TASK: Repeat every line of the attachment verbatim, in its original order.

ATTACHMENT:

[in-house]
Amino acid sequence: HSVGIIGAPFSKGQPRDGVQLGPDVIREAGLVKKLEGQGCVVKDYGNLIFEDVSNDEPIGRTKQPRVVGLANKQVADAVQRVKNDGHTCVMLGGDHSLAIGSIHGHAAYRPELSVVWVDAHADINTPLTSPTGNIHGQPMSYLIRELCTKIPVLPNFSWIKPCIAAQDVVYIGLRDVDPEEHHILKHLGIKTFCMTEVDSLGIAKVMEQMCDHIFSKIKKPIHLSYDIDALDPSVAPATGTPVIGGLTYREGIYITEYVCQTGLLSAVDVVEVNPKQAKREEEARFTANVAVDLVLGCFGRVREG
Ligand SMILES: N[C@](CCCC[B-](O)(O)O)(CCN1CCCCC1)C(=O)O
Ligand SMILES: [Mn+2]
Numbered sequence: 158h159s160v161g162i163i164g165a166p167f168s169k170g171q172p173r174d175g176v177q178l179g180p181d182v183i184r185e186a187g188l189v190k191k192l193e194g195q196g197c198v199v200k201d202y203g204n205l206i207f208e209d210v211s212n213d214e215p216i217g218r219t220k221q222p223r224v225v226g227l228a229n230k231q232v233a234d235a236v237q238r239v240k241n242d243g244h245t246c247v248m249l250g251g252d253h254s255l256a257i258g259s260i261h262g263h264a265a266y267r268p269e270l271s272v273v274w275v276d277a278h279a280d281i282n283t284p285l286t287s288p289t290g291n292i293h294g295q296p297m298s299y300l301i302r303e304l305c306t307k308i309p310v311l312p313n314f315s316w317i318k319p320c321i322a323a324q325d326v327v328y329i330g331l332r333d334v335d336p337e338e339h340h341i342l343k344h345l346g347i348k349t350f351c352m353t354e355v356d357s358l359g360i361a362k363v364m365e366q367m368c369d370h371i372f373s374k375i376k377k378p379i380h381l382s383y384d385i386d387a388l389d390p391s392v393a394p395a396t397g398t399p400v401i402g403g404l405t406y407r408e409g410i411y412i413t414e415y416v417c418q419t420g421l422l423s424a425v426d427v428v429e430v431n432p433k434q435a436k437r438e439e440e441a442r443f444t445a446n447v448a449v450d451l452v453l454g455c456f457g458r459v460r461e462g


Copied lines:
[in-house]
Amino acid sequence: HSVGIIGAPFSKGQPRDGVQLGPDVIREAGLVKKLEGQGCVVKDYGNLIFEDVSNDEPIGRTKQPRVVGLANKQVADAVQRVKNDGHTCVMLGGDHSLAIGSIHGHAAYRPELSVVWVDAHADINTPLTSPTGNIHGQPMSYLIRELCTKIPVLPNFSWIKPCIAAQDVVYIGLRDVDPEEHHILKHLGIKTFCMTEVDSLGIAKVMEQMCDHIFSKIKKPIHLSYDIDALDPSVAPATGTPVIGGLTYREGIYITEYVCQTGLLSAVDVVEVNPKQAKREEEARFTANVAVDLVLGCFGRVREG
Ligand SMILES: N[C@](CCCC[B-](O)(O)O)(CCN1CCCCC1)C(=O)O
Ligand SMILES: [Mn+2]
Numbered sequence: 158h159s160v161g162i163i164g165a166p167f168s169k170g171q172p173r174d175g176v177q178l179g180p181d182v183i184r185e186a187g188l189v190k191k192l193e194g195q196g197c198v199v200k201d202y203g204n205l206i207f208e209d210v211s212n213d214e215p216i217g218r219t220k221q222p223r224v225v226g227l228a229n230k231q232v233a234d235a236v237q238r239v240k241n242d243g244h245t246c247v248m249l250g251g252d253h254s255l256a257i258g259s260i261h262g263h264a265a266y267r268p269e270l271s272v273v274w275v276d277a278h279a280d281i282n283t284p285l286t287s288p289t290g291n292i293h294g295q296p297m298s299y300l301i302r303e304l305c306t307k308i309p310v311l312p313n314f315s316w317i318k319p320c321i322a323a324q325d326v327v328y329i330g331l332r333d334v335d336p337e338e339h340h341i342l343k344h345l346g347i348k349t350f351c352m353t354e355v356d357s358l359g360i361a362k363v364m365e366q367m368c369d370h371i372f373s374k375i376k377k378p379i380h381l382s383y384d385i386d387a388l389d390p391s392v393a394p395a396t397g398t399p400v401i402g403g404l405t406y407r408e409g410i411y412i413t414e415y416v417c418q419t420g421l422l423s424a425v426d427v428v429e430v431n432p433k434q435a436k437r438e439e440e441a442r443f444t445a446n447v448a449v450d451l452v453l454g455c456f457g458r459v460r461e462g